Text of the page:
Filling Waterways with Water Bottles The issue of plastic pollution and potable water in Jakarta

The province of Jakarta is an ever-growing urban jungle confronting a serious plastic pollution problem. A key contributing factor to this issue appears to be the city’s universal lack of access to safe, potable water.

With groups from all socio-economic backgrounds unable to drink the tap water available, Jakarta's residents have developed a strong reliance on plastic bottles.

High-density commercial and residential spaces, as well as societal norms surrounding waste disposal further add to the immense volume of plastic entering waterways, roads and paths.

Plastic waste and rubbish are a common sight along Jakarta's roadside.

Suhaimah Irbah, an Indonesian university student, says bottled water is a daily necessity for all residents, even those with secure housing.

“Even in houses you have to buy a bottle of water because the water in your home is not good enough to drink, so you just buy it in the supermarket.”

Suhaimah says habit and convenience also lead many people to opt for single use plastic bottles.

“We use lots of plastic because it’s our culture maybe…we use plastic for daily activities like to put our food (in), to put our drink (in)...”

“Because it’s easy to find first and it’s cheap and we don’t usually bring bottled water from our home…so we just buy it from supermarkets.”

The Beverage Marketing Corporation reported that in 2015, Indonesia had the fourth highest consumption of bottled water, using an estimated 6.815 billion gallons in that one year with an annual growth rate of 12.2%.

Indomaret is an Indonesian chain of convenience stores selling its own brand of bottled water in addition to other popular choices, such as Aqua and Nestle.

Mukhamad Imron, an employee of the Cikini Jakarta store, says plastic water bottles are one of the store's best-selling items.

Mr Imron says he estimates 300 bottles of various sizes would be sold each day in his store alone.

After these plastic items are used, however, many are discarded into waterways, roads and pedestrian paths, either directly or through poor waste management.

Waste collection is performed by individuals, government divisions and other groups throughout Jakarta.

Walking along Jakarta's streets, mounds of plastic waste are found heaped beside river bends and homes, and bottles can be seen floating down canals like fish.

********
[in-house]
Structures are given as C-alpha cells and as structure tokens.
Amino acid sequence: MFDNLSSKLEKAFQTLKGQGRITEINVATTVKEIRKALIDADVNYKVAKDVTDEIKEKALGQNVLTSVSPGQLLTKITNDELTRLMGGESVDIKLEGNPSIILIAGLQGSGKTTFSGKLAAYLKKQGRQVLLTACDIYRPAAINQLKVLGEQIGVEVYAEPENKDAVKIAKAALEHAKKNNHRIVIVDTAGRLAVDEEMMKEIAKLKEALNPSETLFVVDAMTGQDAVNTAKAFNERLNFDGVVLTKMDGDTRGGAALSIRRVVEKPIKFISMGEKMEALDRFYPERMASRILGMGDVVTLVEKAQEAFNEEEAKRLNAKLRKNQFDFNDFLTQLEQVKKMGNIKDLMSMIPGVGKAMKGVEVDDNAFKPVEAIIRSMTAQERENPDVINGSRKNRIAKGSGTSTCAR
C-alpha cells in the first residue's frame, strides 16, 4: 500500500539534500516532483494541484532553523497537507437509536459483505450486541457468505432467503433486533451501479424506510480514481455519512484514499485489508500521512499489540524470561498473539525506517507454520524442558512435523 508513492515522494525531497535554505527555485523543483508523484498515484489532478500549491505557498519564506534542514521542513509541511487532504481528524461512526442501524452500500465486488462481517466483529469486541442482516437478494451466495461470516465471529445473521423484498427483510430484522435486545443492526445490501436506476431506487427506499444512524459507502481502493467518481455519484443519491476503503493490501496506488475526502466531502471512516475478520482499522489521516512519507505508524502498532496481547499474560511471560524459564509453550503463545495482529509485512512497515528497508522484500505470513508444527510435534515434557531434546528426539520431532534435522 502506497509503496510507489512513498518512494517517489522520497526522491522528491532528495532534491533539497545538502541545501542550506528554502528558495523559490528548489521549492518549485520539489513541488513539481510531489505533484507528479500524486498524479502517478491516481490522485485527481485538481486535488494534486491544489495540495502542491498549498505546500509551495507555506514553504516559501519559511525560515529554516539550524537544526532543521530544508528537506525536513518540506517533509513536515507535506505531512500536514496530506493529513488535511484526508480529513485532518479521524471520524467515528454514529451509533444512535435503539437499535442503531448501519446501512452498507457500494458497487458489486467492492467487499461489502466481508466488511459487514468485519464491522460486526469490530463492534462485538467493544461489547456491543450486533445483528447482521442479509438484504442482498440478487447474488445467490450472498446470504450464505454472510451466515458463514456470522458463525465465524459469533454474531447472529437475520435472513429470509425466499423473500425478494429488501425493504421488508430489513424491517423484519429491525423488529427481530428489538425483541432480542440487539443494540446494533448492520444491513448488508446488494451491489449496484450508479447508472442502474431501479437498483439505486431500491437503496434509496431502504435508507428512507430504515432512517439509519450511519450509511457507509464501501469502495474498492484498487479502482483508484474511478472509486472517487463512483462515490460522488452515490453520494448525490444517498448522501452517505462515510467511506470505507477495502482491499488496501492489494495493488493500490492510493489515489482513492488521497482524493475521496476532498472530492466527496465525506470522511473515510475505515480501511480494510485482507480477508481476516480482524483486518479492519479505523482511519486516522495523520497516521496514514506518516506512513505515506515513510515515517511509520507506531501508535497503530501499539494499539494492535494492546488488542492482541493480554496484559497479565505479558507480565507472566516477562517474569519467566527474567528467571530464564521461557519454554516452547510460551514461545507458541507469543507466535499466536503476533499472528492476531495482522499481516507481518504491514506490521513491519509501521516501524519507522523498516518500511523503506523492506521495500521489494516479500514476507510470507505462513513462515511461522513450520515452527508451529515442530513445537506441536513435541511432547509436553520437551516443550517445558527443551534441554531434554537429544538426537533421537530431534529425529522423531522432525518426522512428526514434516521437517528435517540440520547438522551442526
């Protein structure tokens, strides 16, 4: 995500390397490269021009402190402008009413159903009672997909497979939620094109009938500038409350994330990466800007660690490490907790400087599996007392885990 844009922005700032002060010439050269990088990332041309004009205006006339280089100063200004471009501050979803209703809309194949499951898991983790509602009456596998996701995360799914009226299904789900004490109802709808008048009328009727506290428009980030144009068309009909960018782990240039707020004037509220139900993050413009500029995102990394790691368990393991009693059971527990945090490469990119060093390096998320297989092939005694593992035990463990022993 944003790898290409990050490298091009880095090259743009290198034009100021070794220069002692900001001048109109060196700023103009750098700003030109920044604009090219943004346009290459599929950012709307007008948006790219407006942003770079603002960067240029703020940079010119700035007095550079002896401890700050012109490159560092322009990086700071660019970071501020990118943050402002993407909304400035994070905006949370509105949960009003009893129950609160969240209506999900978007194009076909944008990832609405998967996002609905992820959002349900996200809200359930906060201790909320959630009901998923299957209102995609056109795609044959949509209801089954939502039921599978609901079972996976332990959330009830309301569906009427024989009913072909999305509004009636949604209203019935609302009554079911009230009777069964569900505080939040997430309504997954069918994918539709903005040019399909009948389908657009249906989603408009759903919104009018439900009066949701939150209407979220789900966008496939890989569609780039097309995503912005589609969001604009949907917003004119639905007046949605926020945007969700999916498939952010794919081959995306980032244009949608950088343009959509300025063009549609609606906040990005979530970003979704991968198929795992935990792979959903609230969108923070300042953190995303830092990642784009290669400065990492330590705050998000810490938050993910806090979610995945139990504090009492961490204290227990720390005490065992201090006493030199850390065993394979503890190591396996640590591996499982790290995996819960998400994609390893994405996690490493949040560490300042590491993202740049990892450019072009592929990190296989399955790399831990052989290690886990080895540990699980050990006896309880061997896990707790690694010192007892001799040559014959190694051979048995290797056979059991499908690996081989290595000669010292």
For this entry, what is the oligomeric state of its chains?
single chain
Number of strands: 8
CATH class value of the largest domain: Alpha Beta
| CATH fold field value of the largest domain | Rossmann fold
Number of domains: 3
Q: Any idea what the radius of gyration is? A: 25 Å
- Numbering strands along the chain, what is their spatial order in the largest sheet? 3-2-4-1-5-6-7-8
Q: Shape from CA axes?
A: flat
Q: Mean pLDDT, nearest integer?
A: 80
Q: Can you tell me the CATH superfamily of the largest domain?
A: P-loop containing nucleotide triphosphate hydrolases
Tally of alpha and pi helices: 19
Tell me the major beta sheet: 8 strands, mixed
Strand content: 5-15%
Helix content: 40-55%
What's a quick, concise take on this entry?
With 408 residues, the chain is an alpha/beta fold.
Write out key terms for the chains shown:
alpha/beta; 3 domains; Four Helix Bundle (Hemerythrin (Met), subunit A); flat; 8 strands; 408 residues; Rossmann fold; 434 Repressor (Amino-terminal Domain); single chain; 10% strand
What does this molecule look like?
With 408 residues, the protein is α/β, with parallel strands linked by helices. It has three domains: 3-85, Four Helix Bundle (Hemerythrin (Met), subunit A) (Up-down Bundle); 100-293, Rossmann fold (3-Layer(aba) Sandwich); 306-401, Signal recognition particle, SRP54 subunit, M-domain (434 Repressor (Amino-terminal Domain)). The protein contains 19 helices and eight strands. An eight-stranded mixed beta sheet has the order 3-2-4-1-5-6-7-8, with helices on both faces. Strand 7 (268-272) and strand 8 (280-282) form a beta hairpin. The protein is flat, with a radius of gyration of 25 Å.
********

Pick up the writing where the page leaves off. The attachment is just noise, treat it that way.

Worldwide, Indonesia now sits as the second largest source of marine pollution worldwide behind China, according to numerous studies including a 2015 report by journal 'Science'.

The Pasukan Oranye, or Orange Troop as they are known, are a division created by the government to help maintain streets and public areas of Jakarta by cleaning plastic and performing other maintenance work.

Mr Ibrahim, a worker for the Pasukan Oranye division, says he finds three kilograms of plastic bags and four kilograms of plastic water bottles on the street in Cikini, Jakarta every day.

Mr Ibrahim works as part of this division and has the responsibility of cleaning the geographical zone spanning from Cikini station to the end of the Jalan Cikini road. Every day he follows this stretch of road collecting waste – primarily plastic bags, wrappers and bottles.

Standing beside the roadside in the bright orange shirt his division is known, for Mr Ibrahim says “from Cikini Station to Cikini Raya we get … 4 kilograms of plastic bottles a day.”

“That’s just one day,” he said.

Mr Ibrahim cleans the road and collects plastic waste in Cikini Jakarta as part of the Pasukan Oranye division.

Yet, the Pasukan Oranye is not the only group collecting plastics from the streets. The Pemulung, for example, are known to gather plastic for recycling and earnings. Therefore, it can be assumed the total plastic bottle pollution could rest higher.

Recently, Indonesia made a commitment at the United Nations Ocean Conference to reduce their level of marine plastic pollution 70% by 2025.

Certain recycling initiatives have been put in place throughout Jakarta, such as recycling bins.

Previous efforts to enact change on this front have not been successful, such as the short-lived plastic bag tax. And, whilst there is still a lack of potable water, the culture of bottled water in Jakarta seems to be deeply embedded into the community.


Chloe Mabb

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